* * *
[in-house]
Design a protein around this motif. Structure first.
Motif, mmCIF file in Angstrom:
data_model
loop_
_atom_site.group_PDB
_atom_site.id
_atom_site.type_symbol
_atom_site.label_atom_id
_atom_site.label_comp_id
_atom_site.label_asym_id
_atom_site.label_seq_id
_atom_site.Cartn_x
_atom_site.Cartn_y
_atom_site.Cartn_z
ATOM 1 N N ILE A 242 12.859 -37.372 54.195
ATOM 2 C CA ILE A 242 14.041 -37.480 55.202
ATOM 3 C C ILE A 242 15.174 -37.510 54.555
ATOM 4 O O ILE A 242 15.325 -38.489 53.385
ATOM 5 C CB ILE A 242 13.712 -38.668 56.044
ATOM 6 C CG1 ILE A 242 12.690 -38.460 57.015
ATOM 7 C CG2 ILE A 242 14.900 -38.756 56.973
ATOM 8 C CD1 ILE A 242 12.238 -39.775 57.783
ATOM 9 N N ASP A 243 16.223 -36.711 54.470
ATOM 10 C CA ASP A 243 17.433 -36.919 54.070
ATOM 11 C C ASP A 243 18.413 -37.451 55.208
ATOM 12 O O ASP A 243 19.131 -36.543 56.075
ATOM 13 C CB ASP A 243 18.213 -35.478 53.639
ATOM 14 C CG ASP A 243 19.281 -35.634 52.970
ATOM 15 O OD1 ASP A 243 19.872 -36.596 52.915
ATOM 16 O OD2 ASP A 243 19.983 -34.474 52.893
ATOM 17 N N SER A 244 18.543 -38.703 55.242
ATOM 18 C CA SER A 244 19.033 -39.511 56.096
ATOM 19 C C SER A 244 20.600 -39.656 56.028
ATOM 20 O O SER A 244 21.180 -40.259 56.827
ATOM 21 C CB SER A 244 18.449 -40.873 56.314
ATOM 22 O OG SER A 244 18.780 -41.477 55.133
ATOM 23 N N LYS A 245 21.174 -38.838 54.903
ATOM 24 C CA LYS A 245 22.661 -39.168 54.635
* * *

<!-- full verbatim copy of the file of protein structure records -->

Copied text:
[in-house]
Design a protein around this motif. Structure first.
Motif, mmCIF file in Angstrom:
data_model
loop_
_atom_site.group_PDB
_atom_site.id
_atom_site.type_symbol
_atom_site.label_atom_id
_atom_site.label_comp_id
_atom_site.label_asym_id
_atom_site.label_seq_id
_atom_site.Cartn_x
_atom_site.Cartn_y
_atom_site.Cartn_z
ATOM 1 N N ILE A 242 12.859 -37.372 54.195
ATOM 2 C CA ILE A 242 14.041 -37.480 55.202
ATOM 3 C C ILE A 242 15.174 -37.510 54.555
ATOM 4 O O ILE A 242 15.325 -38.489 53.385
ATOM 5 C CB ILE A 242 13.712 -38.668 56.044
ATOM 6 C CG1 ILE A 242 12.690 -38.460 57.015
ATOM 7 C CG2 ILE A 242 14.900 -38.756 56.973
ATOM 8 C CD1 ILE A 242 12.238 -39.775 57.783
ATOM 9 N N ASP A 243 16.223 -36.711 54.470
ATOM 10 C CA ASP A 243 17.433 -36.919 54.070
ATOM 11 C C ASP A 243 18.413 -37.451 55.208
ATOM 12 O O ASP A 243 19.131 -36.543 56.075
ATOM 13 C CB ASP A 243 18.213 -35.478 53.639
ATOM 14 C CG ASP A 243 19.281 -35.634 52.970
ATOM 15 O OD1 ASP A 243 19.872 -36.596 52.915
ATOM 16 O OD2 ASP A 243 19.983 -34.474 52.893
ATOM 17 N N SER A 244 18.543 -38.703 55.242
ATOM 18 C CA SER A 244 19.033 -39.511 56.096
ATOM 19 C C SER A 244 20.600 -39.656 56.028
ATOM 20 O O SER A 244 21.180 -40.259 56.827
ATOM 21 C CB SER A 244 18.449 -40.873 56.314
ATOM 22 O OG SER A 244 18.780 -41.477 55.133
ATOM 23 N N LYS A 245 21.174 -38.838 54.903
ATOM 24 C CA LYS A 245 22.661 -39.168 54.635